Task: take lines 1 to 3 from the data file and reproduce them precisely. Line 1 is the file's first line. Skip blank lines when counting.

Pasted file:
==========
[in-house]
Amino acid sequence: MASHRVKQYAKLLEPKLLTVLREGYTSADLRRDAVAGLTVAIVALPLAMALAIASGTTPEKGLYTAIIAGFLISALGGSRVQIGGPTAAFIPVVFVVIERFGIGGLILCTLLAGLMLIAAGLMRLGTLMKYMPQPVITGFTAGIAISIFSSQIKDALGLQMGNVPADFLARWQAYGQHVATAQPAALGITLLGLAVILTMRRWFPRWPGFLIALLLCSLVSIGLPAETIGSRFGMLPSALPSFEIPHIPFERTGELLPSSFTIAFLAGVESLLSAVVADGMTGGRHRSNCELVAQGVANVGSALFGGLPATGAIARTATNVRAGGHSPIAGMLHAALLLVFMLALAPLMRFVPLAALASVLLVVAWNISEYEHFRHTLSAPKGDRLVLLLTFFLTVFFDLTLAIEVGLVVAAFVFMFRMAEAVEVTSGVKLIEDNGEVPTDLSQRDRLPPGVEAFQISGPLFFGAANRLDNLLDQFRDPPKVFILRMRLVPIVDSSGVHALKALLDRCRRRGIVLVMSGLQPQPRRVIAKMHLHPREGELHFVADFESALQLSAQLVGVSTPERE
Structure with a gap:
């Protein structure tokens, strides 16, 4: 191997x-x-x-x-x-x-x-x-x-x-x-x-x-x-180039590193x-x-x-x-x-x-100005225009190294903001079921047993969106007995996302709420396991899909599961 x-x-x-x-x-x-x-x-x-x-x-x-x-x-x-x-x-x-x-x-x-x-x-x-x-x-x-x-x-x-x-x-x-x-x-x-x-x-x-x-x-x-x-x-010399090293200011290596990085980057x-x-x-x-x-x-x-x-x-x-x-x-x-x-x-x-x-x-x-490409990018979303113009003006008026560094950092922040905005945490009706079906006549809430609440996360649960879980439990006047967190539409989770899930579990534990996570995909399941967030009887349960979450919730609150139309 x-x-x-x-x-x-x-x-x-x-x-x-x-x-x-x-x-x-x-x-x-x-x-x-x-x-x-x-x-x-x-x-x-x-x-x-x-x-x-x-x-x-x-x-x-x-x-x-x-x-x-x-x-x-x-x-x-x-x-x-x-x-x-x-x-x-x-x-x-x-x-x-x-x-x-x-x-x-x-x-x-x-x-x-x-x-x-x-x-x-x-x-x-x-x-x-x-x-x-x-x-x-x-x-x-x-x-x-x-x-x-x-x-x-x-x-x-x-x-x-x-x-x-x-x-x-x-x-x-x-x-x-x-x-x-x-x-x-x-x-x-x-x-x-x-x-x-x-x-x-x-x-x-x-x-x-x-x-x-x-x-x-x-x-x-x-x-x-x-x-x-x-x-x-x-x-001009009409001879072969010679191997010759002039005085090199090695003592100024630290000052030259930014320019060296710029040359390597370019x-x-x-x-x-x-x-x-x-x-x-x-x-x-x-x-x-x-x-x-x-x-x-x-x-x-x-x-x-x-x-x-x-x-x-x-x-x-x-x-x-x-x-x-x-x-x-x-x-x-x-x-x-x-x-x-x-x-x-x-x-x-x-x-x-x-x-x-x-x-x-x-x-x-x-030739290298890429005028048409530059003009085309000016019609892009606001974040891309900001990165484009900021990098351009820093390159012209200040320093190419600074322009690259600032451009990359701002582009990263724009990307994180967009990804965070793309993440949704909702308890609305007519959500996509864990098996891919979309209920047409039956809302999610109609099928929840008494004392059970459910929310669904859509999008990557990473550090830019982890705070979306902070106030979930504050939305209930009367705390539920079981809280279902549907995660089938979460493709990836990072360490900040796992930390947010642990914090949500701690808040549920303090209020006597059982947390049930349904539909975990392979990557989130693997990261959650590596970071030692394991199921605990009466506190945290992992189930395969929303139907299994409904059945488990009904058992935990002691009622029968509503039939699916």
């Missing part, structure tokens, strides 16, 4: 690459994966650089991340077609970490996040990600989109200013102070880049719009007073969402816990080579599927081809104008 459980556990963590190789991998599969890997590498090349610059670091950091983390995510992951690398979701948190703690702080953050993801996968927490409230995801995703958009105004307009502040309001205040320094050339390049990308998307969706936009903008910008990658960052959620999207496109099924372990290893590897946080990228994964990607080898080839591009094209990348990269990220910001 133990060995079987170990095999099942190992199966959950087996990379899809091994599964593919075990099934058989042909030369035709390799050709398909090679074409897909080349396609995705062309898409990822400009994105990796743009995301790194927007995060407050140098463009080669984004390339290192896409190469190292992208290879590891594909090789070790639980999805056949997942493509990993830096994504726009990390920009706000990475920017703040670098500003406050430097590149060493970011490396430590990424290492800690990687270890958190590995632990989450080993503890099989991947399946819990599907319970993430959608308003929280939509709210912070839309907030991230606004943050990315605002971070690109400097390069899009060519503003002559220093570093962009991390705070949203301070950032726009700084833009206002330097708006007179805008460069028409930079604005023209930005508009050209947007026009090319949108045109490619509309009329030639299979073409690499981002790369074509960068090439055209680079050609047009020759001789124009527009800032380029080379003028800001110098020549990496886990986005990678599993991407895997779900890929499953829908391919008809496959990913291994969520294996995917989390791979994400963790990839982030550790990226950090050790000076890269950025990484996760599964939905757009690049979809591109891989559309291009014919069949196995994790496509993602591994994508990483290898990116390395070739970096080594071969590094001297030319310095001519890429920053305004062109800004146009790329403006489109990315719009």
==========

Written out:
[in-house]
Amino acid sequence: MASHRVKQYAKLLEPKLLTVLREGYTSADLRRDAVAGLTVAIVALPLAMALAIASGTTPEKGLYTAIIAGFLISALGGSRVQIGGPTAAFIPVVFVVIERFGIGGLILCTLLAGLMLIAAGLMRLGTLMKYMPQPVITGFTAGIAISIFSSQIKDALGLQMGNVPADFLARWQAYGQHVATAQPAALGITLLGLAVILTMRRWFPRWPGFLIALLLCSLVSIGLPAETIGSRFGMLPSALPSFEIPHIPFERTGELLPSSFTIAFLAGVESLLSAVVADGMTGGRHRSNCELVAQGVANVGSALFGGLPATGAIARTATNVRAGGHSPIAGMLHAALLLVFMLALAPLMRFVPLAALASVLLVVAWNISEYEHFRHTLSAPKGDRLVLLLTFFLTVFFDLTLAIEVGLVVAAFVFMFRMAEAVEVTSGVKLIEDNGEVPTDLSQRDRLPPGVEAFQISGPLFFGAANRLDNLLDQFRDPPKVFILRMRLVPIVDSSGVHALKALLDRCRRRGIVLVMSGLQPQPRRVIAKMHLHPREGELHFVADFESALQLSAQLVGVSTPERE
Structure with a gap: